Judaizers were the greatest threat to the gospel in the Apostolic era because they did not believe that faith in Jesus was sufficient for salvation. While affirming the necessity of belief in Christ for citizenship in God’s kingdom, the Judaizers also taught that Jewish and Gentile Christians alike must perform the works of the Mosaic law for the privileges of living under the Lord’s blessed reign. Such a belief makes salvation contingent on what people do, which is bad news for sinners. If one is going to attempt to gain righteousness and entry to the kingdom of God by the law of Moses, perfection is the standard (Gal. 3:10–12; 5:3). Yet natural-born descendants of Adam cannot hope to keep the Law perfectly (Rom. 3:23; 5:12–21).
The problem with the Judaizers’ teaching was their underestimation of God’s demands and their overestimation of their own abilities. Paul understood their way of thinking, for he operated under the same assumptions before meeting Christ on the Damascus Road. We draw this conclusion from today’s passage, in which he lists his blamelessness “as to righteousness under the law” as one reason he formerly placed his confidence in his own goodness (Phil. 3:4–6).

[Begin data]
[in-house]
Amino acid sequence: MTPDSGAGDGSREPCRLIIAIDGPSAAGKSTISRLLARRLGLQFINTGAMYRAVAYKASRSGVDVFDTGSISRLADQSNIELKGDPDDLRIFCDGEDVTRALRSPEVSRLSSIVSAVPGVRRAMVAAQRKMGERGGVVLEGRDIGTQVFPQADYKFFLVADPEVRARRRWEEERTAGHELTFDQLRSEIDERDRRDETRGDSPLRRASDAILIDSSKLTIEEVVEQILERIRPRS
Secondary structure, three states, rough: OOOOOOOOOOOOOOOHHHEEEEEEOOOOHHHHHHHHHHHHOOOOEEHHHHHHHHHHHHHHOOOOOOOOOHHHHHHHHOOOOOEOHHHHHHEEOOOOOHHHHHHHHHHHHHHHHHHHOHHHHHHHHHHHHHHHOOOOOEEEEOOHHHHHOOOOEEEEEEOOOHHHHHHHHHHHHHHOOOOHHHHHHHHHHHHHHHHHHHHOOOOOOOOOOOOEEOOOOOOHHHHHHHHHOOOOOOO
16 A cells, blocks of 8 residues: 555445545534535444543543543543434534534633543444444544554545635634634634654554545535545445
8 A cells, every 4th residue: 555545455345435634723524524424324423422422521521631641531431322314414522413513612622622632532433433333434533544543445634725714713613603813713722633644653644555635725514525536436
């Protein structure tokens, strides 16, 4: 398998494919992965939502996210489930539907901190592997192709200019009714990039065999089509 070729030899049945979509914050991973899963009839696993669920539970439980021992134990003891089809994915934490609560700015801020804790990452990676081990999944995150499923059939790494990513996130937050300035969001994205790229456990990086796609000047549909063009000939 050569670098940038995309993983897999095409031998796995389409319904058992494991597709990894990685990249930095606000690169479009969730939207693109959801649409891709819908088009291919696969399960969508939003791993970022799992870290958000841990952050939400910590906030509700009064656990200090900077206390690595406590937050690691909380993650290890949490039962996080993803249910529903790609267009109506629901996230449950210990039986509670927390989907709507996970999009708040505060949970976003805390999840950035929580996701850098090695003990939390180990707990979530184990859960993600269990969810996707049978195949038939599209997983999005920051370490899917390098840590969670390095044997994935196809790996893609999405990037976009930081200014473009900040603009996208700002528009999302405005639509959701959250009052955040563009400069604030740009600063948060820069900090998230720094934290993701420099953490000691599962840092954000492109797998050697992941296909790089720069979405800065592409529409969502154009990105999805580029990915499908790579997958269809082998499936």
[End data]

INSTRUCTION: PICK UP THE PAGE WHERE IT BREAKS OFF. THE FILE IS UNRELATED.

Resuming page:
In calling himself “blameless,” the Apostle is not confessing that he was sinless before coming to Christ. The term blameless is a standard description of old covenant saints who were exemplary in keeping the Mosaic law (Ps. 18:20–24). They were those who kept the festivals and Sabbaths, tried to put the commandments into practice daily, and offered the proper sacrifices to atone for transgression. But although such individuals were worthy of imitation, blameless individuals, such as David and Zechariah, were still sinners (1 Sam. 13:14; 2 Sam. 11; Luke 1:5–23).
Such blamelessness remains a worthy goal for God’s people today. Trouble only arises when sinners start believing that their general conformity to divine standards makes a claim upon God, that we deserve to be declared righteous by our works. As we have seen, those who take that route must attain perfection; our “blamelessness” is not enough to save us. Therefore, those who think blamelessness is sufficient to get them into the kingdom, such as the pre-Christian Paul and the Judaizers, are utterly lost until they rely on God’s grace in Christ alone.
John Calvin wrote, “Paul speaks here of that righteousness which would satisfy the common opinion of mankind. For he separates the law from Christ.” When the law of God is treated as an end in itself, then we start to believe that we can keep it. But if we see it as pointing beyond itself to Jesus, then we trust Him. Afterward, by the Spirit, we begin to fulfill the Mosaic law’s righteous requirement not in order to be saved but to thank God for His grace in Jesus.